It became very clear after World Wrestling Entertainment purchased the video libraries or Extreme Championship Wrestling, World Championship Wrestling, Jim Crockett Promotions, Smokey Mountain Wrestling, World Class Championship Wrestling, and others that this trend would continue. Well, after years of negotiations, Ene Watts and the Watts family agreed on a deal to sell about 1,200 hours of video from Mid-South Wrestling ‘s 1970s to 1980s TV programming and shows to the WWE for a undisclosed amount of cash. Ene Watts, the ex-wife of WWE Hall of Famer “Cowboy” Bill Watts, had owned the footage as part of a divorce settlement.
Quick history lesson: Mid-South Wrestling was a promotion that covered Arkansas, Louisiana, Mississippi, and Oklahoma that became one of the hottest territories in pro wrestling in the late 1970s and during the 1980s under the direction of “Cowboy” Bill Watts. Legendary wrestlers Ted DiBiase, Junkyard Dog, Hacksaw Jim Duggan, Ernie Ladd, Magnum T.A. and announcer “Good Ol’ JR” Jim Ross are some of the prominent names who made a mark during Mid-South’s prominent years.
At 6′-3″ and 280 pounds, Watts was a tough-as-nails wrestler during his in-ring days and an even tougher booker/owner. Watts had learned about the business from the legendary Eddie Graham, who himself was a tough-guy wrestler who successfully ran Championship Wrestling from Florida (CWF). Similar to Graham’s strategy, Watts developed solid storyline angles and talent by focusing on hard-nosed physical match-ups and meaningful energetic matches in an episodic form. WWE can use the footage in DVD packages about the promotion or certain wrestlers and of the talent who were involved with Mid-South, and with the WWE Network in the company’s future plans, there lies another possibility.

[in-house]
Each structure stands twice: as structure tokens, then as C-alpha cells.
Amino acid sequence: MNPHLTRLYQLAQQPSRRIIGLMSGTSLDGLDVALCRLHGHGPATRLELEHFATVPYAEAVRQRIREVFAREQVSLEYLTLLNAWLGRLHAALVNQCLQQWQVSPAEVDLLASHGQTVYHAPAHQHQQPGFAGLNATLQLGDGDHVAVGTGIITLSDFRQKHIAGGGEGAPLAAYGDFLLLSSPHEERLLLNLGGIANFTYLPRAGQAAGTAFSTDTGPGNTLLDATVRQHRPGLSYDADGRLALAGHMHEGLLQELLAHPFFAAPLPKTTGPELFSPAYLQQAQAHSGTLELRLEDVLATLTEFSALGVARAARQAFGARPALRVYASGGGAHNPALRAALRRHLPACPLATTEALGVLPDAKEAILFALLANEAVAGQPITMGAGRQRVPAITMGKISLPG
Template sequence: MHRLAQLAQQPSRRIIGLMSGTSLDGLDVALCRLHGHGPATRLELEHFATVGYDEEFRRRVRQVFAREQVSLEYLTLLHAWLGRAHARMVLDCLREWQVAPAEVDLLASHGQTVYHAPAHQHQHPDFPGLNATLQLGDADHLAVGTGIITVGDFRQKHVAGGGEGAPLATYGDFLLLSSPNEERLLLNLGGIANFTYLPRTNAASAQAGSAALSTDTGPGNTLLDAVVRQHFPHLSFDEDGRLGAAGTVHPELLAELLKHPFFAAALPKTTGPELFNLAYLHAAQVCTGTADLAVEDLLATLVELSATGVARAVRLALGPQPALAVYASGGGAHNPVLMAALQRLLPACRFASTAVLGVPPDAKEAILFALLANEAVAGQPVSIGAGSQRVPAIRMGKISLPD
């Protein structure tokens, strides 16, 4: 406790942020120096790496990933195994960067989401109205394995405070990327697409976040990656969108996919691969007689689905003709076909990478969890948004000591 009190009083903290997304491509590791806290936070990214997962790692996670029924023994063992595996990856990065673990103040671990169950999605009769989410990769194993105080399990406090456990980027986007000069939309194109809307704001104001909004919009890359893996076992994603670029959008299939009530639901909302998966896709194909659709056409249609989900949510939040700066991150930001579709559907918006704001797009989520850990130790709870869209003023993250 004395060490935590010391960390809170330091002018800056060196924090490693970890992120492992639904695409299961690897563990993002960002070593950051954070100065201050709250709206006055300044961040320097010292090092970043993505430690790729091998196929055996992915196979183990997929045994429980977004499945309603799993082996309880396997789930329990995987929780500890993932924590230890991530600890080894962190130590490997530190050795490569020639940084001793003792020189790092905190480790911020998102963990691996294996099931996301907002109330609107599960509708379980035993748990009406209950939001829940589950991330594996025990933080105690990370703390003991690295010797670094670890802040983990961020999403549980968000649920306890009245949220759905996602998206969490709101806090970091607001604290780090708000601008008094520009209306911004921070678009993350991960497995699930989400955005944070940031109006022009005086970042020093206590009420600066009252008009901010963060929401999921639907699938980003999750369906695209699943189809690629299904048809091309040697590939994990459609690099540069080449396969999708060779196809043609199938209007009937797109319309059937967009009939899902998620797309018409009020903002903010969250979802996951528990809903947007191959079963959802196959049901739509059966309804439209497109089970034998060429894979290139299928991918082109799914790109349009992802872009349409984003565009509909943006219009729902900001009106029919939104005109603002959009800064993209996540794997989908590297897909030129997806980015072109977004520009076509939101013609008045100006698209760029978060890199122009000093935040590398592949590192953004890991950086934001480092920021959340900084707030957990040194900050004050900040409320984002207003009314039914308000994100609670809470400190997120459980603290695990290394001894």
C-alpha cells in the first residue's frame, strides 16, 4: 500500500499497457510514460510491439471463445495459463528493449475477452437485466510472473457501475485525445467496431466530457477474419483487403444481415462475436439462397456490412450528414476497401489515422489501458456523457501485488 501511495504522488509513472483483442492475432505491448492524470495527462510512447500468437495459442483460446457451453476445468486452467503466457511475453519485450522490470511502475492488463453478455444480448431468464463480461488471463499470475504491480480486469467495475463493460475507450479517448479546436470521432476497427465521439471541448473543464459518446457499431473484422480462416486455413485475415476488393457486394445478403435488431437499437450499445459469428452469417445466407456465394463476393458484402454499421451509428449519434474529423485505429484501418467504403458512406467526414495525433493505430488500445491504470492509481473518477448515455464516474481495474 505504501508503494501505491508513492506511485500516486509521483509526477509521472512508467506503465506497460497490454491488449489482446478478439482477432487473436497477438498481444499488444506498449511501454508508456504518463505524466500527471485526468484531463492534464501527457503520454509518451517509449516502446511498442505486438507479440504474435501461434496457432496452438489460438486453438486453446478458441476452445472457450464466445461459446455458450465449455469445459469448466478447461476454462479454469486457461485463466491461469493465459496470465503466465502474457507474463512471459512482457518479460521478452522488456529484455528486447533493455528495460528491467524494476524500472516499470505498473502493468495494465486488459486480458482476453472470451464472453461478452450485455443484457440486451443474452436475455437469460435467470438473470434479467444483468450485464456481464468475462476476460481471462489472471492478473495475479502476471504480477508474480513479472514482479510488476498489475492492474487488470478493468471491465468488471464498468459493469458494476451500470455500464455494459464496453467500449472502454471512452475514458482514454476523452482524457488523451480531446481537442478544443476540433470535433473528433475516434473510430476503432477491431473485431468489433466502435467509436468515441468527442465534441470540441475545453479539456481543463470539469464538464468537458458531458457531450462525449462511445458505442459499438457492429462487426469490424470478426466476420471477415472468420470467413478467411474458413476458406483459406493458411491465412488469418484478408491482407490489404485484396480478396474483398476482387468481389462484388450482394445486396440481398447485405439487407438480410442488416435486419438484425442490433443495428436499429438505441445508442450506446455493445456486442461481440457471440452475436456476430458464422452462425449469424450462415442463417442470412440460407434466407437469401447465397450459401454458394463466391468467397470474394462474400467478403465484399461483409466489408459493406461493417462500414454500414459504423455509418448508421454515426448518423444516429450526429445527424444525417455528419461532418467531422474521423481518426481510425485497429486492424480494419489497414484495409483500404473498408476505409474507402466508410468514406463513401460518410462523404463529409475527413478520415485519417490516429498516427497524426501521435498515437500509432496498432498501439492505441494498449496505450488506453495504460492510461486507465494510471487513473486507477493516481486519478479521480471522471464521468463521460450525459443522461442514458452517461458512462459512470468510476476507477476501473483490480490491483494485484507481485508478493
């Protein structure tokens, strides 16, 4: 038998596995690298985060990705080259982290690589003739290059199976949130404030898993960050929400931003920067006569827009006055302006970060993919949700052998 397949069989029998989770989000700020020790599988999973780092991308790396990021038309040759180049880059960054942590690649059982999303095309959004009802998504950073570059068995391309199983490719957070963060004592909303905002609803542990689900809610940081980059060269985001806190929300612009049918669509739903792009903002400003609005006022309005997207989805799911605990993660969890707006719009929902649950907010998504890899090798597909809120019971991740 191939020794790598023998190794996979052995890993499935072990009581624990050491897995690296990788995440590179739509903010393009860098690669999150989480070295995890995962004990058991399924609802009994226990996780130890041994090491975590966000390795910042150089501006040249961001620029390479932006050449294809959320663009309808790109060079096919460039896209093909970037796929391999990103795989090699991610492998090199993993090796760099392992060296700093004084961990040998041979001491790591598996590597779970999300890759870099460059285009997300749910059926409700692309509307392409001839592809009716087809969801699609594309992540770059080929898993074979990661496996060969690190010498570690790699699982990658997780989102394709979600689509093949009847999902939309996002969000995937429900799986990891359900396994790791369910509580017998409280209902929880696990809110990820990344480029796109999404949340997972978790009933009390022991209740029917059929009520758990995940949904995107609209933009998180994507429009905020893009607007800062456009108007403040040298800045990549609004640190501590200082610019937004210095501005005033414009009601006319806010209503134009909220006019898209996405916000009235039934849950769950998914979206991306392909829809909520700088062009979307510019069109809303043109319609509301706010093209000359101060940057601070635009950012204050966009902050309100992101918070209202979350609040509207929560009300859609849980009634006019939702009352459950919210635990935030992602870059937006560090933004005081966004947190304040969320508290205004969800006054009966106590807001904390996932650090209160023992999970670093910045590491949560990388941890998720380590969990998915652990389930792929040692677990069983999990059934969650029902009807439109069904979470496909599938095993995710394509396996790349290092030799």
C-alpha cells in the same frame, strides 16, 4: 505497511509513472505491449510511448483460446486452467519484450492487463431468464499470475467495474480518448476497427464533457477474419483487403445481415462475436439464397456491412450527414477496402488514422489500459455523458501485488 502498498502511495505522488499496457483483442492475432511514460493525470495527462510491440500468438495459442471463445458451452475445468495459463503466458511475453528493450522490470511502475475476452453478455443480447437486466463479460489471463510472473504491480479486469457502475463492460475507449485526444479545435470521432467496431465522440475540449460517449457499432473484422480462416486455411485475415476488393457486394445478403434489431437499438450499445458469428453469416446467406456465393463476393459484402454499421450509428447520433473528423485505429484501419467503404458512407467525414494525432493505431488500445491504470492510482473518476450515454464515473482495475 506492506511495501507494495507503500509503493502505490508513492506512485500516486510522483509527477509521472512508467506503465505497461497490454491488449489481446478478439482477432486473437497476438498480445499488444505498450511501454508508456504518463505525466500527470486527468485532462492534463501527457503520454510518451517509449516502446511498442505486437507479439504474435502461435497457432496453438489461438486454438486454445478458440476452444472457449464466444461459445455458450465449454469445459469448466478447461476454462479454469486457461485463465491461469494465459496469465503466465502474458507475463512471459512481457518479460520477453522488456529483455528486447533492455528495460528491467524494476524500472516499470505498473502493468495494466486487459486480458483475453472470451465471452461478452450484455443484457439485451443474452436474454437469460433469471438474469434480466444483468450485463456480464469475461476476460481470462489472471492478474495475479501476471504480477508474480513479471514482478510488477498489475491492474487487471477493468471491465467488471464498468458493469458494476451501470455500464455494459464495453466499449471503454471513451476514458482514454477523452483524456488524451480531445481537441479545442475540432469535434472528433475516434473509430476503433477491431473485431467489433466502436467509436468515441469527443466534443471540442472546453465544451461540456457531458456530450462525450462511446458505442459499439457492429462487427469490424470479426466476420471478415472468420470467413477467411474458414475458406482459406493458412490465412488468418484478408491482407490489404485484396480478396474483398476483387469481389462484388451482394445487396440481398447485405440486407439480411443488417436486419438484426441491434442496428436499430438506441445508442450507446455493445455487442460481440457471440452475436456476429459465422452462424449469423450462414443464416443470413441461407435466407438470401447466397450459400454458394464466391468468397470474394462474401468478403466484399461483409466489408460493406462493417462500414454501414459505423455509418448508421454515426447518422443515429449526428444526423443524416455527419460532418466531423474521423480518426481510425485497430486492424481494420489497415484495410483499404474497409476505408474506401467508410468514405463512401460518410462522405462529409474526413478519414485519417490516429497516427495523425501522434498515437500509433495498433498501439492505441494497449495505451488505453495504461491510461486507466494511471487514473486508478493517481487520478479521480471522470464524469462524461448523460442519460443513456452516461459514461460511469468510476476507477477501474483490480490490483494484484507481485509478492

Former lead announcer for Mid-South, Jim Ross, discusses the possibilities of how the fans can consume the content after this recent purchase of the territory’s library library:
“If fans are able to somewhere down the road buy volumes where they can see X number of weeks of television or by the year where there’s X number of episodes on a multi-disc set, they’re going to see how it was like reading an action adventure book. One chapter led to the next chapter led to the next with a crescendo and then a payoff, and then the book continues.”
“I think the episodic nature of it will be very entertaining, and then the other thing is there are a lot of guys who really established their body of work in that company that went on to do some really great things later in their careers on a higher level [nationally and internationally]. Seeing a young Ted DiBiase [in Mid-South], Ric Flair as the traveling NWA champion, guys like the Junkyard Dog and Butch Reed who was a great antagonist and a great protagonist — probably under-rated, by and large — and there were so many guys who came through there like the Steiner brothers and Magnum T.A. Guys like that, people will get to see their formative years, and to me it’s always fun as a fan because you can see glimpses of greatness, but you can also see a little bit of green, varying levels. So there’s inexperience, too, and it’s unique to see how they evolved.”